Beach nourishment and protection of hotel beachfront, Athena Pallas Village, Chalkidiki
Athena Pallas Village hotel unit of ACROTEL group is located at a special, in terms of natural beauty, environment. The beaches feature turquoise waters, white sand and pine trees that reach down to the sea. The area is in fact a designated Natura site (SCI & SAC*). However, the coastline faces severe erosion problems and locally declines at an alarming rate, threatening both the natural environment and infrastructure.
*Site of Community Importance (SCI) and Special Area of Conservation (SAC)
At the hotel location, besides the limited beach width and the complete lack of fine sediments (only shingles lie up to a depth of 2,5 meters), stability problems of adjacent soil slopes, are posing risks to visitors.
Beach nourishment and coastal protection study
The hotel administration acknowledged the above risks and desired to upgrade the quality of its services, thus in December 2005 it contracted CNWAY to carry out the beach nourishment and coastal protection study of the hotel beachfront.
The scope of the contract comprises of the following:
- hydrographic survey and seabed vegetation mapping,
- preliminary design of works,
- sediment transport study and
- permitting of proposed works.
Before preliminary design took place, the project main goals were set out in cooperation with the hotel administration. These are:
- a beach 120m long and 22-25m wide
- make sure no erosion occurs downstream of the works.
The preliminary design for beach rehabilitation was based on the assumption that the nourishment material would be fine gravel, which would allow a steeper face towards the sea. The solution was tested with the numerical model and the results confirmed it works.
After detailed evaluation of all available nourishment sources , the design team in cooperation with the administration, ultimately chose to nourish with sand equivalent to that found on local beaches. The particle size of the selected sand is much smaller than that of fine gravel, therefore the design was changed to maximize retention of the sediment.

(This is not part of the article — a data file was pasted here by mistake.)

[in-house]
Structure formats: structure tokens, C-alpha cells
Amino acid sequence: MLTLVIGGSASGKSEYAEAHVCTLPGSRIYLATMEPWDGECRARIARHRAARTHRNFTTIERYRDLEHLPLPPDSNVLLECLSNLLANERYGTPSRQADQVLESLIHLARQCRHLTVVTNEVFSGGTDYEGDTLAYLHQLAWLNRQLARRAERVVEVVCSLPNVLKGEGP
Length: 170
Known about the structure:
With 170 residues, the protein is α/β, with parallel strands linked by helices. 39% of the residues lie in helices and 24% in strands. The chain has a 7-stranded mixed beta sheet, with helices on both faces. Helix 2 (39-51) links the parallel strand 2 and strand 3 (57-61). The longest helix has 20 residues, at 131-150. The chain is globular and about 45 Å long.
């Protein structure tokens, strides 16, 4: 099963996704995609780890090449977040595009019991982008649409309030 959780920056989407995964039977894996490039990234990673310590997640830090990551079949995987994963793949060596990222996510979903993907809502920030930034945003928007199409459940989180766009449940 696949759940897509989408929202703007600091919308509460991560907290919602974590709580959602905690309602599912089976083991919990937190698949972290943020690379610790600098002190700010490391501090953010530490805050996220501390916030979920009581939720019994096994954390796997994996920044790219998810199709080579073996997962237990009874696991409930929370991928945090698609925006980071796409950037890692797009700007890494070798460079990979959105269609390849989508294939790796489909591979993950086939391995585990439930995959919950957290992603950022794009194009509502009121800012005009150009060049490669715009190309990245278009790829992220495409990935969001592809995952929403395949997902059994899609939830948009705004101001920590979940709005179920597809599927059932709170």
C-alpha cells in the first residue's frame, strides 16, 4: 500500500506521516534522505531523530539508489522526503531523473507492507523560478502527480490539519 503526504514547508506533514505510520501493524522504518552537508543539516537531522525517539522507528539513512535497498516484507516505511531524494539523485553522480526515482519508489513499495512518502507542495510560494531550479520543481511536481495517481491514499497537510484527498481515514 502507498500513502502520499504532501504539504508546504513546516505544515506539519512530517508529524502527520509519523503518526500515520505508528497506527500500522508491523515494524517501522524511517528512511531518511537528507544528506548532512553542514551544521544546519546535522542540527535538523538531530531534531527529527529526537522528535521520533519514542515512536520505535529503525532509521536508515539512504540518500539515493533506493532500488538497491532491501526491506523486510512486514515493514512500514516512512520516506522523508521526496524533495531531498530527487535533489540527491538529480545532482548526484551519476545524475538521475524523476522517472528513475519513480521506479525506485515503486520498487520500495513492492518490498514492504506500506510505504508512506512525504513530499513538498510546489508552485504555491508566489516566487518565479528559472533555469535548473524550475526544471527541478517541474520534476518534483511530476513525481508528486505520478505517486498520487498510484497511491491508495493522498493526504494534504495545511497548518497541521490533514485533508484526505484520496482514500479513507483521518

Project design optimization was carried out, in the context of the sediment transport study by means of numerical modeling,. The study investigated the response performance of retention structures against the local wave climate and improved the layout in order to minimize sediment loss. The optimization was completed in three consecutive iterations until their response was satisfactory.
The proposed works constitute of a field of groynes perpendicular to and sills parallel to the coastline and beach nourishment in between. The groyne field was deemed necessary as the surrounding coastal zone is subject to intense erosion by strong waves that mainly occur during winter months. It is therefore impossible to retain the nourishment material without providing a means to prevent its dissipation. The works layout aimed at maximizing nourishment retention, while at the same time allowing sediment bypass, thus limiting possible erosion at the downstream shore. The detached breakwater alternative was rejected at the early stages due to environmental limitations (existence of posidonia oceanica meadows) and increased capital costs.
Particular effort was put in sourcing appropriate nourishment material, which should meet the following requirements:
- Be sourced from permitted sources and at sufficient supply
- Be of similar physical properties to sediment found in the project area
- Least expensive in terms of purchasing and transportation costs to site
The main characteristics of the proposed solution are:
- Construction of four variable length groynes arranged in positions that facilitate sediment bypass
- Provision of sills parallel to the coast to limit dissipation of sand to deep waters
- Nourished beach width ranging from 17,0 to 19,0m
- Sourcing of nourishment material with physical properties similar to the natural environment
- Beach crest level at +0,80m from M.S.L.
- Initial nourishment beach face slope at 1:10